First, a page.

Today, we know the United Nations as a consortium of the world’s biggest and most influential countries, designed to discuss policy, security, and politics on an international level. But it wasn’t always this way. Although the U.N. might feel like one of those political bastions that has always existed, it’s actually a young organization that’s been around for only a handful of decades.
Where the U.N. Began: Pearl Harbor
The U.N. unofficially began in the midst of the second World War, shortly after the Japanese attack on Pearl Harbor.
As most of us know, Pearl Harbor was a turning point that provoked the United States into entering the war, but fewer of us know that the event also precipitated the earliest days of the United Nations.
On January 1, 1942, President Roosevelt met with representatives from 26 other nations, all of whom were committed to fighting the Axis powers threatening global stability: Germany, Japan, and Italy. During this meeting, the 26 member nations signed the United Nations Declaration, which pledged each government to a “maximum war effort” against their enemies. As the war progressed, more countries signed the Declaration, bringing the total number of signatories to 46.
Supposedly, President Roosevelt himself was the one who coined the term “United Nations,” but it wasn’t until after the war that the organization officially launched.
The San Francisco Conference
In April of 1945, the 46 signatories of the United Nations Declaration (along with four other delegates from the Soviet Socialist Republic, Ukraine, Denmark, and Argentina) met in San Francisco to discuss the future of the war-torn world.
This became known as the United Nations Conference on International Organization (UNICO), or more colloquially, the San Francisco Conference. This was the biggest gathering of international representatives ever seen at that point in time:
- 50 member countries in attendance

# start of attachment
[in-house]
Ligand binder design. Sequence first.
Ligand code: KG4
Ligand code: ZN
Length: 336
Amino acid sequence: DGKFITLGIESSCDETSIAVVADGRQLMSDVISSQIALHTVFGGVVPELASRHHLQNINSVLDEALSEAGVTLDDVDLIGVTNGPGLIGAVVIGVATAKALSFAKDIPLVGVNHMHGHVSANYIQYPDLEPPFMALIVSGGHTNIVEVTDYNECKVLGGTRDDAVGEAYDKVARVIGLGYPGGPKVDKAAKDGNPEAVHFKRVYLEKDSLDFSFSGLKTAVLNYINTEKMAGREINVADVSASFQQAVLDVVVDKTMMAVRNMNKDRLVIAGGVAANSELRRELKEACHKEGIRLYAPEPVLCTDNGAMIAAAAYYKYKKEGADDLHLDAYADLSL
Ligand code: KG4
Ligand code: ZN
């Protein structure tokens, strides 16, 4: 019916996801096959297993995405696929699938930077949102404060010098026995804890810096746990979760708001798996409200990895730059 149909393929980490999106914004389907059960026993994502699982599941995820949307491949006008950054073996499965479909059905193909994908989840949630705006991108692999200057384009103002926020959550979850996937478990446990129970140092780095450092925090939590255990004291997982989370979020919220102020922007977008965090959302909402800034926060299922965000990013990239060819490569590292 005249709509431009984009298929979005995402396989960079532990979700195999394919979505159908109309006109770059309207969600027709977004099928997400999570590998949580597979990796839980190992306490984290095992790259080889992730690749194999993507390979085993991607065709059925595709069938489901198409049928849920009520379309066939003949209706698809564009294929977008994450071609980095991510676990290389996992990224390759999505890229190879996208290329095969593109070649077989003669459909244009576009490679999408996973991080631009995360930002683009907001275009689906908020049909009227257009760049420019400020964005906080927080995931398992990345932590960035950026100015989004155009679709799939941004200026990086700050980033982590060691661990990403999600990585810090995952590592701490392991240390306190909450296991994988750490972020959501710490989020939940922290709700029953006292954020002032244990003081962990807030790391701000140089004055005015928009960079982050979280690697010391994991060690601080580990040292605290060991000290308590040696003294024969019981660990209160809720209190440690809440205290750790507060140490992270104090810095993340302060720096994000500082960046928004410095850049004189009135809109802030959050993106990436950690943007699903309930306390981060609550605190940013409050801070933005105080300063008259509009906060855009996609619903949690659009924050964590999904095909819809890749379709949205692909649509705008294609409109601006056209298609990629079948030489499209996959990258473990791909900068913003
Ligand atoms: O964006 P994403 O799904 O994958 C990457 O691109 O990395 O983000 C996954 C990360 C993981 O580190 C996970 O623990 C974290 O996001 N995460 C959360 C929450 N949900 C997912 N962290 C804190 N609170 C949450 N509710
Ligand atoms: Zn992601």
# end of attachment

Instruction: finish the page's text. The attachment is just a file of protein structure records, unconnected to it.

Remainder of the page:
- 850 delegates, accompanied by over 2,700 staff
- Over 2,500 members of the press
- Over 80% of the world’s population was represented
During this meeting, members developed an important document known as the United Nations Charter: a complex piece of legislation designed to maintain international peace and establish codes of conduct for countries to abide by. The ratification of this charter took several months and was completed in June of 1945.
War Ends, Unification Begins
World War II officially ended when the Japanese Empire surrendered to Allied forces on September 2, 1945. Shortly after, the United Nations Charter came into effect, beginning on October 24. This is the official beginning of the U.N. as we know it.
In the following post-war years, the U.N. would become the focal point of international aid and humanitarian support in a world that was still reeling from global war. The first official General Assembly of the United Nations met in London on January 10, 1946.
Just a few years after, New York City was selected as the best location for a U.N. headquarters, with the building completed in 1952. And although the U.N. now has offices around the world, its New York location is still the official HQ.
The United Nations Today
Today, the U.N. is a massive organization with 193 member states representing nearly every nation in the world. The organization has four main purposes:
- Keep peace throughout the world
- Develop friendly relations among nations
- Help nations work together to reduce poverty, conquer hunger, disease and illiteracy, and to encourage respect for each other’s rights and freedoms
- To be a center for harmonizing the actions of nations to achieve these goals
And while the U.N. can’t prevent every conflict across the globe, there’s no denying its role as the most influential and important humanitarian organization in existence.